The power of a leader to implement change is based on doing what those who follow will accept and those who are opposed can’t resist.
There is an element of effective leadership that few recognize and even fewer understand. Yet it is an aspect of leadership that gives the leader the license to do great things. This component of leadership is an underlying, almost imperceptible, reservoir of power that some leaders are able to accumulate and bank for future use. At the appropriate time, the leader can draw down this power to invest in bringing about real change. This particular power is not bestowed on a leader by title. Rather, it is accumulated over time as the leader builds credibility by exhibiting consistent beliefs, actions and philosophy that followers understand and in which they can have faith.
Absent this crucial power, leaders are left to defend the status quo or, at best, implement incremental changes within an established, business-as-usual system. Only those leaders who earn, recognize and understand this power and – equally as important – are bold enough to use it, can bring about fundamental change. And this ability to bring about real change is what defines the success of a leader.
A Surprising Paradox about Leadership
There is a quirky irony present in this situation: In order to make effective use of the power to initiate real change, the leader is often required to take actions that are contradictory to the conduct that enables a leader to accumulate power. In other words, the leader seeking to bring about real change draws down all the good will and trust accumulated over time by acting in a certain way and then uses it as power to move in a new direction.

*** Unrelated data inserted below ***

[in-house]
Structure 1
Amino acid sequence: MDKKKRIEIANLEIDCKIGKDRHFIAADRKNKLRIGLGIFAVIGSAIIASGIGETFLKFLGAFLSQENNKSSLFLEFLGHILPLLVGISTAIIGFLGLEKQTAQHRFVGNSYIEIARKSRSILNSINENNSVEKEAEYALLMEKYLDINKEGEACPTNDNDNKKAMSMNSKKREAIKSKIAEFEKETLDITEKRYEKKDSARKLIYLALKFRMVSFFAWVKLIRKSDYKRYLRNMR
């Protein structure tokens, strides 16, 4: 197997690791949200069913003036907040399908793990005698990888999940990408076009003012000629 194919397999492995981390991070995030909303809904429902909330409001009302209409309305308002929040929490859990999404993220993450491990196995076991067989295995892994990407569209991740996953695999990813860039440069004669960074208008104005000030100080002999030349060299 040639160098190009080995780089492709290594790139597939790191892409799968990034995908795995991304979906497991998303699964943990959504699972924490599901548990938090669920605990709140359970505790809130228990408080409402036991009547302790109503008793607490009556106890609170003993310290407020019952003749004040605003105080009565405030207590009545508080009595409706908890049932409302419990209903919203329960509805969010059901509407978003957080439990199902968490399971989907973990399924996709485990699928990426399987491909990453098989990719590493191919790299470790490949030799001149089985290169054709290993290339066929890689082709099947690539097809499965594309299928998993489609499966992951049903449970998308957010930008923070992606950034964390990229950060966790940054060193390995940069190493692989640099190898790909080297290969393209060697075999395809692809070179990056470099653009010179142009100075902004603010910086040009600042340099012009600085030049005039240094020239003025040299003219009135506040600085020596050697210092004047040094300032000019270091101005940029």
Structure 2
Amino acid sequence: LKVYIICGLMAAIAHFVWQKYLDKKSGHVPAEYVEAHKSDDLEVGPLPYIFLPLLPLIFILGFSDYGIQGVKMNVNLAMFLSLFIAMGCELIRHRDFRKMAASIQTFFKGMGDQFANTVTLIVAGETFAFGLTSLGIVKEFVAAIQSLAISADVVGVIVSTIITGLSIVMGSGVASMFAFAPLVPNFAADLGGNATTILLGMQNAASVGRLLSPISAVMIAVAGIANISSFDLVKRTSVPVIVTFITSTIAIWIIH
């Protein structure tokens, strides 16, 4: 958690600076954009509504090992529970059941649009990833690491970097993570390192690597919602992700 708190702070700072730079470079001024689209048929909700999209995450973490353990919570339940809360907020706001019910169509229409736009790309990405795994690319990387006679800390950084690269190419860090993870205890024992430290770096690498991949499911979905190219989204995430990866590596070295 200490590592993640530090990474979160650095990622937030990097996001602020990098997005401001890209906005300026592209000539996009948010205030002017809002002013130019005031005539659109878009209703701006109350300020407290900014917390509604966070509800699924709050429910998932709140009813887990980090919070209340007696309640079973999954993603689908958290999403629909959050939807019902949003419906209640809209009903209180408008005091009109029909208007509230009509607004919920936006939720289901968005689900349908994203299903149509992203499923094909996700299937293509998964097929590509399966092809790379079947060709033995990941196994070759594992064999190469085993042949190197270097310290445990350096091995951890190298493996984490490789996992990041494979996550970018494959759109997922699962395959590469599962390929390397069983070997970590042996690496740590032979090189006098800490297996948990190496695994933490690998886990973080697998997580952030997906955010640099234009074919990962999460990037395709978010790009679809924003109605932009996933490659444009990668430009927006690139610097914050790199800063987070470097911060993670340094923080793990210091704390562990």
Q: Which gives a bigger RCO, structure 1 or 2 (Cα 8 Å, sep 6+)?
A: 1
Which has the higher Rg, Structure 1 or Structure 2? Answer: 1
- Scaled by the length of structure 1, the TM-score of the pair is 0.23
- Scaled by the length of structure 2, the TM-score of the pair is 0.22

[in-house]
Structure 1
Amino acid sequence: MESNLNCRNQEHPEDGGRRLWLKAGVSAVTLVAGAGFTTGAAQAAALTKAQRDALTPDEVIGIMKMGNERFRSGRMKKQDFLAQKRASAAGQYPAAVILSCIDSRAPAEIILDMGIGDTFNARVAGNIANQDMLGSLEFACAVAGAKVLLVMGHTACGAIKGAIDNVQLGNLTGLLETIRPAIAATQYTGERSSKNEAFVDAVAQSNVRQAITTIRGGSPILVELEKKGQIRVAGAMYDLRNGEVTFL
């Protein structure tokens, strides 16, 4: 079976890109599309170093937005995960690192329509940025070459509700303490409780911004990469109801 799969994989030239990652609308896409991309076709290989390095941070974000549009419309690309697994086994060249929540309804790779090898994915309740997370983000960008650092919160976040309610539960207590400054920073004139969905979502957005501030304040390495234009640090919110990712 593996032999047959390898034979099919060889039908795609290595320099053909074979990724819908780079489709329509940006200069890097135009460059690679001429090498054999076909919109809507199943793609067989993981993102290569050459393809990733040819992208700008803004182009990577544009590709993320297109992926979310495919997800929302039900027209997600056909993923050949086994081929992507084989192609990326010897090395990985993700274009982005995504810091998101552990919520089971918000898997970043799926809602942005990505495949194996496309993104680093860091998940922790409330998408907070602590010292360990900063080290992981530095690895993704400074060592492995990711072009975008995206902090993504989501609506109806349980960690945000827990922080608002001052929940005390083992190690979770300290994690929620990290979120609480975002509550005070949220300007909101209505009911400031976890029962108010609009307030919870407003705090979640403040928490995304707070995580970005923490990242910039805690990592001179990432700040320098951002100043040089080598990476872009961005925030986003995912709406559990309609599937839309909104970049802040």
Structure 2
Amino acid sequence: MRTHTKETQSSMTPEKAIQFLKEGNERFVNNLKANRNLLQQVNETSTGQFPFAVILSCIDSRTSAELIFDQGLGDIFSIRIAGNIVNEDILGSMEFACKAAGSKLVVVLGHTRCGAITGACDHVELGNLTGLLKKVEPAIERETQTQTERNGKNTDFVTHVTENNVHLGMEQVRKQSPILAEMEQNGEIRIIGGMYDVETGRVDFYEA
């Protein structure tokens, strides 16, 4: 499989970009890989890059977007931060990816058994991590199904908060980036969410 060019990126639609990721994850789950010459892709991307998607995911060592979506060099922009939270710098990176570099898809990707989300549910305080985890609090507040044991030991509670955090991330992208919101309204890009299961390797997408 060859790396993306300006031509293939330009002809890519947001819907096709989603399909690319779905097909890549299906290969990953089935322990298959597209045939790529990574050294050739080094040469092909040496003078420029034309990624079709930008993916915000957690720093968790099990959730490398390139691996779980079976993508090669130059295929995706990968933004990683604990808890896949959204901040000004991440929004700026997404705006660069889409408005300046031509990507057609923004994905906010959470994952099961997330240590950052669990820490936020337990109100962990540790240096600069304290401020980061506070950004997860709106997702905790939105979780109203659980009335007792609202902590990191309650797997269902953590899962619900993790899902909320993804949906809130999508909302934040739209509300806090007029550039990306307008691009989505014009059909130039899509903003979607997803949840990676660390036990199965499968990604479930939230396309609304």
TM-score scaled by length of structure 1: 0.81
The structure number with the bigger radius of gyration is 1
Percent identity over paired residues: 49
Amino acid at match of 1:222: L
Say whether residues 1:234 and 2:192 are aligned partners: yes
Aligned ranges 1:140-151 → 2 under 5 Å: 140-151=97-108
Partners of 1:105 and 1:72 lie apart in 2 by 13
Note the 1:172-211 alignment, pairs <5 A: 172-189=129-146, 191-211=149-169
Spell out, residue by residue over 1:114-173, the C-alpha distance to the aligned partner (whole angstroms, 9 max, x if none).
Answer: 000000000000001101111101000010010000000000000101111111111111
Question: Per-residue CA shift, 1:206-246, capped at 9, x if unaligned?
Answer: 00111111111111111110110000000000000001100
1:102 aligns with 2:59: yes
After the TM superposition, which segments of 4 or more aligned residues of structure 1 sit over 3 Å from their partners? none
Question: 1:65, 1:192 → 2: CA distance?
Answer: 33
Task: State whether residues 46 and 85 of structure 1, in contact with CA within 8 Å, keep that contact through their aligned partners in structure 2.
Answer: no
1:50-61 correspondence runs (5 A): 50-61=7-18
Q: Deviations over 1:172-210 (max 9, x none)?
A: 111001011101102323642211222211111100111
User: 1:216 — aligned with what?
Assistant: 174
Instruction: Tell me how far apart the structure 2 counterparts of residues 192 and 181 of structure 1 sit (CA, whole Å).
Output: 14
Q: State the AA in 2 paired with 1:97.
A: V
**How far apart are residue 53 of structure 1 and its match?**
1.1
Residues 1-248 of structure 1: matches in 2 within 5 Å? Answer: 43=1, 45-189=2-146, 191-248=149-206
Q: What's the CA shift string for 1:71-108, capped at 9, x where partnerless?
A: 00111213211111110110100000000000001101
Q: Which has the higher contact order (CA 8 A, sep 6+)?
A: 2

This may seem a bit confusing and paradoxical, but fortunately there are some real-life examples of how some leaders went about building an invisible reservoir of power that they were later able to draw upon to implement what they perceived as necessary change for the greater good.
Lessons from History
Thomas Jefferson was the patriarch of small government. For 30 years, from 1770 to 1800, Jefferson built a consistent, even passionate, record as one who opposed a strong central government. As one of the Founding Fathers he was at the forefront of the battle for individual freedom and liberty that had been suppressed by the government of Great Britain. Initially Jefferson even opposed the ratification of the constitution, because he felt that the government it created was too strong and that it could threaten individual freedom. He reluctantly agreed to ratification only after the Bill of Rights was added. As secretary of state in Washington’s cabinet, he was constantly at odds with Treasury Secretary Alexander Hamilton and other “Federalists” (sometimes including Washington) whom he felt were seeking to expand the scope and size of the federal government beyond what was reasonably needed to keep the country in union.
The election of John Adams as a Federalist to succeed Washington brought about an acrimonious end to a lifelong friendship between Jefferson and Adams. Jefferson opposed virtually every action of Adams to expand the power of the federal government and, in the process, became the head of the Republican faction in the country. There was no question in anyone’s mind as to Jefferson’s position on the size of government; he was against increasing its power. Jefferson played such a prominent role in resisting the growth of the federal government that in 1800 he was nominated and elected (barely) as the first “Republican” president. The only thing that Jefferson’s friends and adversaries agreed on was that as president he would roll back the actions of Adams, Hamilton and other Federalists who had sought to increase the scope and power of the federal government.